|Deck, Sydney - VIRGINIA TECH|
|Cundiff, John - VIRGINIA TECH|
Submitted to: Peanut Science
Publication Type: Peer Reviewed Journal
Publication Acceptance Date: February 23, 1996
Publication Date: N/A
Interpretive Summary: A handling system that may be used to place peanuts in a container in the field, cure and dry in the container, and store in the container is visualized as improving the value of peanuts for processing. This study evaluated the potential of storing peanuts by covering the container with an A-frame or shed-type cover. The use of natural or forced-air ventilation nwas also evaluated. Samples collected over 12 weeks of storage indicated the moisture content of the top layer of peanuts remained close to the moisture content where drying was stopped. Even though the peanuts in the 1993 tests remained at 10 to 11% moisure content, no mold growth or quality degradation was observed. Based on these studies, peanuts can be successfully stored in covered containers in the Virginia area.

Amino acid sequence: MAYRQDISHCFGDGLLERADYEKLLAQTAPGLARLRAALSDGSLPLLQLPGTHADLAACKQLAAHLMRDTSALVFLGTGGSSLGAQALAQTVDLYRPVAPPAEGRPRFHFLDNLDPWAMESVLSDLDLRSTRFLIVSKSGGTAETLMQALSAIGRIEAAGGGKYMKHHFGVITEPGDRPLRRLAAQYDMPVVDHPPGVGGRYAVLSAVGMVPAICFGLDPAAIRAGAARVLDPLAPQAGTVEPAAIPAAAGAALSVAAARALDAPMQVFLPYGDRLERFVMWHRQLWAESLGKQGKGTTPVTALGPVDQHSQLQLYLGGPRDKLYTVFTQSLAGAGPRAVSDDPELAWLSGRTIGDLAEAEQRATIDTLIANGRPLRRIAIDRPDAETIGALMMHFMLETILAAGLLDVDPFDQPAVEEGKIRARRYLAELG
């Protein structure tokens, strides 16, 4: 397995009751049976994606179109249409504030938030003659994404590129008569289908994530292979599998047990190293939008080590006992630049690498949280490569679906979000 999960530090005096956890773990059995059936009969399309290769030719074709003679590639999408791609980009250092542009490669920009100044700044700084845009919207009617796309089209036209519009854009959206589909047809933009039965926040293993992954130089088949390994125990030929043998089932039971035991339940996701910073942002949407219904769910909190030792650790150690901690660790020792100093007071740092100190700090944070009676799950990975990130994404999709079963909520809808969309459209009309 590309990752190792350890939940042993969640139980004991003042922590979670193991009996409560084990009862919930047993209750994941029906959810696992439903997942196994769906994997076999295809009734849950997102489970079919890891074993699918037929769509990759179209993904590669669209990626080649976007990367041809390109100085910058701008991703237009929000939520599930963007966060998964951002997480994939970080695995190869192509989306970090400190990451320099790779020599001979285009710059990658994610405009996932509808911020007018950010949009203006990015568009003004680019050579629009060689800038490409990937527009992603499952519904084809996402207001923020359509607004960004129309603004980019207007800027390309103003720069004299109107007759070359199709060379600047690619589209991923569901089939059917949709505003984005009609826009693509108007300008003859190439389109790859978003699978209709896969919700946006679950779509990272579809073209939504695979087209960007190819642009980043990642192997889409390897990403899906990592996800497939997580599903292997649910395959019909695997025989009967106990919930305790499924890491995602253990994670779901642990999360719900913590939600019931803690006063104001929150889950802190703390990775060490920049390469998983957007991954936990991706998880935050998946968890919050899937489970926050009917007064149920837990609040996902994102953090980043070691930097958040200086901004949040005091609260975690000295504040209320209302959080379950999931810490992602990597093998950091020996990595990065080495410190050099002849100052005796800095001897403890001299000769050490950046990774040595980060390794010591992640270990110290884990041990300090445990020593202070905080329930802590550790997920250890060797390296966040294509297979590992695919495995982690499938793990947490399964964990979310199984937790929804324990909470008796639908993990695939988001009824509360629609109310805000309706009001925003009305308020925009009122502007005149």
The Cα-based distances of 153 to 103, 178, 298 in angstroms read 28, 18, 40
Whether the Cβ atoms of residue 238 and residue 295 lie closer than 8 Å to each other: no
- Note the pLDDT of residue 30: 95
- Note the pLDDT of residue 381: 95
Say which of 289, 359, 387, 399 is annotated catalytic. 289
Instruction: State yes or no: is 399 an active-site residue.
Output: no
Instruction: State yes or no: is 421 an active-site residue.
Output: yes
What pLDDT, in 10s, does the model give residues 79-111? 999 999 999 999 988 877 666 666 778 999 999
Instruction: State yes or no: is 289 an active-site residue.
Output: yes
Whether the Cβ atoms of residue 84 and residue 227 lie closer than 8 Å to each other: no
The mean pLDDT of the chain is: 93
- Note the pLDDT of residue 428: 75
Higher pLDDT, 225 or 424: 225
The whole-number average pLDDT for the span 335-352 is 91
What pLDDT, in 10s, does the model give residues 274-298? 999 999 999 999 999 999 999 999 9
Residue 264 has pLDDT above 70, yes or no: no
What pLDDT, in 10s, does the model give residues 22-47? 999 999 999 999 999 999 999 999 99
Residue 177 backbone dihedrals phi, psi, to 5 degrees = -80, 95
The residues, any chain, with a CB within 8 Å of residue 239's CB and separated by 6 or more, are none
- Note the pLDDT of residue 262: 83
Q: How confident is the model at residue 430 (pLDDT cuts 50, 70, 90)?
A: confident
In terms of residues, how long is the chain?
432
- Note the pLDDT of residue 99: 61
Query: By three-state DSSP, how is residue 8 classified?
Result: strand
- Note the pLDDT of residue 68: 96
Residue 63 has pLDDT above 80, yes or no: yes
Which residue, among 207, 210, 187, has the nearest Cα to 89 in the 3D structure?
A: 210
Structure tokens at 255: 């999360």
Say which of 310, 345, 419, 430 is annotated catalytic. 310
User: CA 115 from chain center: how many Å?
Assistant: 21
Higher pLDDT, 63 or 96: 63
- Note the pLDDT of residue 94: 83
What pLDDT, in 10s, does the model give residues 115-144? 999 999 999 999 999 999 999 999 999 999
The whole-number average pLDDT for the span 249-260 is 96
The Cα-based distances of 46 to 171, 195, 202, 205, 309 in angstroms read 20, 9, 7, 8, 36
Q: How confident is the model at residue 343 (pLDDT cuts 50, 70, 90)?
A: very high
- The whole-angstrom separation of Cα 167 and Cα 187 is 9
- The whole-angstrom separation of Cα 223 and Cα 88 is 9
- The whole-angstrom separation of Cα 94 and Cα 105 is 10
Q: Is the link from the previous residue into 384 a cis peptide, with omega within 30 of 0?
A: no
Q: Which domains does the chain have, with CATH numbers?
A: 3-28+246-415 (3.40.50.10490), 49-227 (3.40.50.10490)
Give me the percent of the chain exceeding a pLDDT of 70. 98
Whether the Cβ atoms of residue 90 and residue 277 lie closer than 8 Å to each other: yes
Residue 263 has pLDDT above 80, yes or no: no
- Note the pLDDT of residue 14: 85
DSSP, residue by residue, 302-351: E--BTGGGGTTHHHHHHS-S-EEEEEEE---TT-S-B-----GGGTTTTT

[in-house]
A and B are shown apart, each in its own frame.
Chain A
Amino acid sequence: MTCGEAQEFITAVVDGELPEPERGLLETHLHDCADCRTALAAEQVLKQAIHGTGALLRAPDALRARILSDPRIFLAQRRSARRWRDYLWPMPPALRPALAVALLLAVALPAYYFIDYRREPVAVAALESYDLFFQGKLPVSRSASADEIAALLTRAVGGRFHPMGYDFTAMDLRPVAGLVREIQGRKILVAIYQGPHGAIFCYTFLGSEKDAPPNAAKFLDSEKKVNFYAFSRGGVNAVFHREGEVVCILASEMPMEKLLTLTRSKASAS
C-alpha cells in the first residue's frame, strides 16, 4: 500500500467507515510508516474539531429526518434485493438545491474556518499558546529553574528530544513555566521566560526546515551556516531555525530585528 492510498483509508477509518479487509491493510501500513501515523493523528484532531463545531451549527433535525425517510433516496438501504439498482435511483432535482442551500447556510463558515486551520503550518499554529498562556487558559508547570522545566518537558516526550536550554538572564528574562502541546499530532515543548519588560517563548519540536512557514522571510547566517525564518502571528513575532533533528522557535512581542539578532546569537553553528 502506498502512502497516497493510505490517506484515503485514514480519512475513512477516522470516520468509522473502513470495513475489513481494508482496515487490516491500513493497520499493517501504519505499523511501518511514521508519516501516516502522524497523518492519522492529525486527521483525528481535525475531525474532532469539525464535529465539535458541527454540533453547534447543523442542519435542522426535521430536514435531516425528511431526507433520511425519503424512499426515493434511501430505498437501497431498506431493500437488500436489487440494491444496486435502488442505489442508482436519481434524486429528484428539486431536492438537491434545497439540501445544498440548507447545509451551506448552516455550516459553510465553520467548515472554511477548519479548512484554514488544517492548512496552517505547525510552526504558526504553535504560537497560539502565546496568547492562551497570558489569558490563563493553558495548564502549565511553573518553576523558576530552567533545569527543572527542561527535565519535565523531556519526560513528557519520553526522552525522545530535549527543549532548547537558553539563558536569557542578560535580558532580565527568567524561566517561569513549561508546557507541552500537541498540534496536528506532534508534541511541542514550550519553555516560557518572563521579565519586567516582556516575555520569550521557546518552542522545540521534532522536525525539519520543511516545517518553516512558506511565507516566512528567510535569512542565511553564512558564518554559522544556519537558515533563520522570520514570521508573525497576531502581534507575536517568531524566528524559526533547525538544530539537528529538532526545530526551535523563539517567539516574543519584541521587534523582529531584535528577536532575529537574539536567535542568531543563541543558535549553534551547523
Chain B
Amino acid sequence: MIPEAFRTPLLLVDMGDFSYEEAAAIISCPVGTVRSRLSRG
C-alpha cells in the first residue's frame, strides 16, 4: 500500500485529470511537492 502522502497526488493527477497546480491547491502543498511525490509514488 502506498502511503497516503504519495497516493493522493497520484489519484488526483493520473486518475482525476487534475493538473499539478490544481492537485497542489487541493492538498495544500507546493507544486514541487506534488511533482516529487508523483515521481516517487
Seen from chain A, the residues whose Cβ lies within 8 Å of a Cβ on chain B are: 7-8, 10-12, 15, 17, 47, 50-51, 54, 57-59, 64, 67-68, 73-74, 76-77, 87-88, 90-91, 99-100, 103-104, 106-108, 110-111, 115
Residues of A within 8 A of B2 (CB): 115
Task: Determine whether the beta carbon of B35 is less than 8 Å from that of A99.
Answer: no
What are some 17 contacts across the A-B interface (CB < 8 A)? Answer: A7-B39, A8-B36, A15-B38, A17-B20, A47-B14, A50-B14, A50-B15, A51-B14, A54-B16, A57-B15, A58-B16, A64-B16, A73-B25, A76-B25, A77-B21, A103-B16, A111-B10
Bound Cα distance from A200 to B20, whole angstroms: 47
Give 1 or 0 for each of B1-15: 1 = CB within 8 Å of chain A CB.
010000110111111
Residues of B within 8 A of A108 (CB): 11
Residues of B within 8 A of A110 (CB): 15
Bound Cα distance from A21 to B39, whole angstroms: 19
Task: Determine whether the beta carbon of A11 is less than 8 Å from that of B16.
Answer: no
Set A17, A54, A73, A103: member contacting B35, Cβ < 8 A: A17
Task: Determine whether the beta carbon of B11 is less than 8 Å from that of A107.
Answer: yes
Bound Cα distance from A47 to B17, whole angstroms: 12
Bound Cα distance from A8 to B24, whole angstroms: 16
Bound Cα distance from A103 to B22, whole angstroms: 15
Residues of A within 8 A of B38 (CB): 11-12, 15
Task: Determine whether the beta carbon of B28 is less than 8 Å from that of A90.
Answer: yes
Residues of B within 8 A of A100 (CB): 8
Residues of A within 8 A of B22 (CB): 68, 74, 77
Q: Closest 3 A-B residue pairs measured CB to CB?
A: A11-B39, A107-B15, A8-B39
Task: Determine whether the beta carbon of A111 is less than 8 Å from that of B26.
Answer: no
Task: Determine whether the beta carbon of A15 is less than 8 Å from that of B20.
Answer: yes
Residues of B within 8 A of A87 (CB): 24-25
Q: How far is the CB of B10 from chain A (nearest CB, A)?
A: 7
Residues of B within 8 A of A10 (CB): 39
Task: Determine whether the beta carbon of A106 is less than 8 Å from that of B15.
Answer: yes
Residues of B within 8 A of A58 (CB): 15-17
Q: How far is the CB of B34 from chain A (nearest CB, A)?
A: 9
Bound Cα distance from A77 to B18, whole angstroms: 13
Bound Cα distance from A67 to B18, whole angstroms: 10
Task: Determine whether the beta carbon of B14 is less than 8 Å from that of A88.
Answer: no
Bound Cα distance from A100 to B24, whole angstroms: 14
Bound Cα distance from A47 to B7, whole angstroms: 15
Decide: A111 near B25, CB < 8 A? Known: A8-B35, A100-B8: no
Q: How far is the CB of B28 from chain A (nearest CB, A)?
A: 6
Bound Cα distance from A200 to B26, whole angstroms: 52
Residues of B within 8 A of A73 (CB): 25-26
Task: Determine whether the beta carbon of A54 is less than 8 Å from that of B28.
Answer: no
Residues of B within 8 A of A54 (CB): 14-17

Technical Abstract: A containerized handling system is envisioned, whereby peanuts (Arachis hypogaea L.) are placed in containers in the field and remain in these containers until they are shelled, thus reducing the foreign material, loose shelled kernels, and pod damgae that results from handling as peanuts move through the buying point and storage. Two naturally-ventilated containers (half-trailer size) were stored in 1993. One container had a shed cover and the other an A-frame cover. In 1994 four containers were stored; two with shed covers and two with A-frame covers. One shed and one A-frame had a 1.7 m3/min fan that operated daily between the hours of 1000 and 1800. Top-layer peanuts were at 12% moisture content at the beginning of storage in 1993 and ranged 10 to 11% moisture content after 16 weeks. In 1994 the peanuts were over-dried and top-layer peanuts entered storage at 6% moisture content. After 12 weeks, moisture content was 7%. No mold growth or quality degradation was observed either year. The results indicated top-layer peanuts absorb or desorb very little moisture when peanut moisture content is in the range of 7 to 12% at the beginning of storage. Storage in containers was successful for the ambient conditions in Tidewater, Virginia during 1993 and 1994.